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Category Archives: Sample Size

Article by Sivo, Stephen A.; Saunders, Carol; Chang, Qing, and; Jiang, James J. (2006) in Journal of the Association for Information Systems, 7: 6.



ERRORs that frequently occur in questionnaire-based research:

  1. Sampling error – inadequate sample size/nonrandom samples;
  2. Measurement error – imperfect questionnaires;
  3. Coverage error – inability to contact some people in the population, and;
  4. Nonresponse error – the condition wherein people of a particular ilk are systematically not represented in the sample because such people are alike in their tendency not to respond.


Types of VALIDITY that researchers need to seriously concern (from the taxonomy of Validity by Shadish, et. al., 2002):

  1. External validity – examines whether or not an observed causal relationship should be generalized to and across different measures, persons, settings, and times. It refers to either (1) generalizing to a well-specified population, or (2) generalizing across subpopulations. Generalizing to a well-specified population involves generalizing research findings to the larger population of interest. Generalizing across subpopulations refers to conceptual replicability (or robustness) to the extent that a cause-effect relationship found in a study that used particular subjects and settings would be replicated if different subjects, settings, and time intervals were used.
  2. Statistical conclusion validity – concerns the power to detect relationships that exist and determine with precision the magnitude of these relationships. A chief cause of insufficient power in practice involves having an inadequate sample size. In such cases, sampling error tends to be very high, and so the statistical conclusion validity of a study’s inferences is weakened.
  3. Internal validity – not explicitly defined in this paper.
  4. Construct validity – not explicitly defined in this paper.


Compliance Principles for designing a survey study (taken from Cialdini, 1988):

  1. Reciprocation – people are more willing to comply with a request to the extent that it constitutes the repayment of a perceived gift, favor, or concession;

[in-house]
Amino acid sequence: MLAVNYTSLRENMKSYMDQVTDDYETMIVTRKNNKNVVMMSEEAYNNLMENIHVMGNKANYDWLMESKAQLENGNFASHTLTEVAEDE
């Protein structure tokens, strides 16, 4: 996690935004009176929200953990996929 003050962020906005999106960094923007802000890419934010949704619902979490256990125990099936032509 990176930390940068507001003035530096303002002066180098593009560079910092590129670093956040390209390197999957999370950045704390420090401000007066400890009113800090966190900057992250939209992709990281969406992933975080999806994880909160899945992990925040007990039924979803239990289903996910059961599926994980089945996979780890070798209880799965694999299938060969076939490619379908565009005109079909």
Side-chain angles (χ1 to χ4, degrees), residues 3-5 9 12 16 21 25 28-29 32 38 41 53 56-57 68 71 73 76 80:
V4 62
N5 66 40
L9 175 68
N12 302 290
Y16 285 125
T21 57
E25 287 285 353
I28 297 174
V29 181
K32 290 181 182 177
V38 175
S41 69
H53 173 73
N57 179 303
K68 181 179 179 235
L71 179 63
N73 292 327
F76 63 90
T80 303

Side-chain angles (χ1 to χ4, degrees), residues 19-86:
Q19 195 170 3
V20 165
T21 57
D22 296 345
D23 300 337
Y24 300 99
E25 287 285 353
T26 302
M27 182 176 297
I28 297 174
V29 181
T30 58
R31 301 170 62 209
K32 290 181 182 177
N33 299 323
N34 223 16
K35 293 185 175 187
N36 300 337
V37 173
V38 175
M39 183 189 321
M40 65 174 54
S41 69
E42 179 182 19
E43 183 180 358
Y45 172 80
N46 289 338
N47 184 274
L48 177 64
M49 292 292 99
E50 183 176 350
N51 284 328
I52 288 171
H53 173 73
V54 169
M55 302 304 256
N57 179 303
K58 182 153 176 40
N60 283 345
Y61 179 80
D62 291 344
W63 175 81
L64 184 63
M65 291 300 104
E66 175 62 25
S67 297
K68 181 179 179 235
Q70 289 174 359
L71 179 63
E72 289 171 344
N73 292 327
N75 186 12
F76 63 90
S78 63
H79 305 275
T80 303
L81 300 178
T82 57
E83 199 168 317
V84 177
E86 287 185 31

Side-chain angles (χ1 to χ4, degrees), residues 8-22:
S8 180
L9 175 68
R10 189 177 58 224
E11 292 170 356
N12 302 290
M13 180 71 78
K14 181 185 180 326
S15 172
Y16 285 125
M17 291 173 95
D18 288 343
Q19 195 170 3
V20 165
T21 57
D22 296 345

2. Consistency – after committing oneself to a position, one is more willing to comply with requests for behaviors that are consistent with that position (e.g., a respondent has verbalized those commitments before the request for participation);
  3. Social Validation – people frequently use the beliefs, attitudes, and actions of similar others as standards of comparison for their own beliefs, attitudes, and actions that is, individuals are more willing to comply with a survey request to the degree that they believe that similar others would comply with it;
  4. Authority – people are more likely to comply with a request if it comes from a properly constituted authority;
  5. Scarcity – people are more willing to comply with requests to secure opportunities that are scarce, and;
  6. Liking – people are favorably inclined toward those individuals that they like — they are more willing to comply with the requests of liked others, such as sponsoring organizations.



This paper argued that nonresponse error is just like selection bias in experimental research, where it will cause: (i) sample bias (respondents are systematically different from the non-respondents with respect to one or more known or unknown characteristics), and; (ii) loss of power to detect effects due to a resulting inadequate sample size, and inaccurate effect size estimation.


This paper reported that few standards for survey research prefer to accept the nonresponse rate of between 20% and 30%. The authors also quoted Babbie that suggested 60% response rate for e-survey as good and 70% as very good. Based on field (as reported in their respective high rank journals), their average response rate reported in this paper is as follows: Management (55.6%); Small Business Respondents (30%); Information Systems (40%). This paper argued that those standards are merely ‘rules of thumb’ that ignore the compounding effects of sampling, measurement and coverage errors. To overcome this problem, the authors suggested a formula to calculate the effect of response rate, sample size, population size, and sample proportion on confidence interval (CI).


Using that formula, after series of simulation, the authors concluded that: (i) small sample size and low response rate can be problematic, and; (ii) the problem is even compounded when both exist simultaneously.


The most valuable contribution of this paper is, I believe, the recommendations on how to deal with the issues of nonresponse rate. The authors put the suggestions in a table, but I put them in a value-chain-model like diagram. For people from system science like me, I believe, the diagram form is much easier to understand.

Response Rate Strategy

Response Rate Strategy


Article by Krejcie, R. V., & Morgan, D. W. (1970) in Educational and Psychological Measurement, 30:3.


The table of sample size determination developed by Krejcie & Morgan can be retrieved here.


I couldn’t get the original copy of the paper. Anybody out there have it and willing to share with me?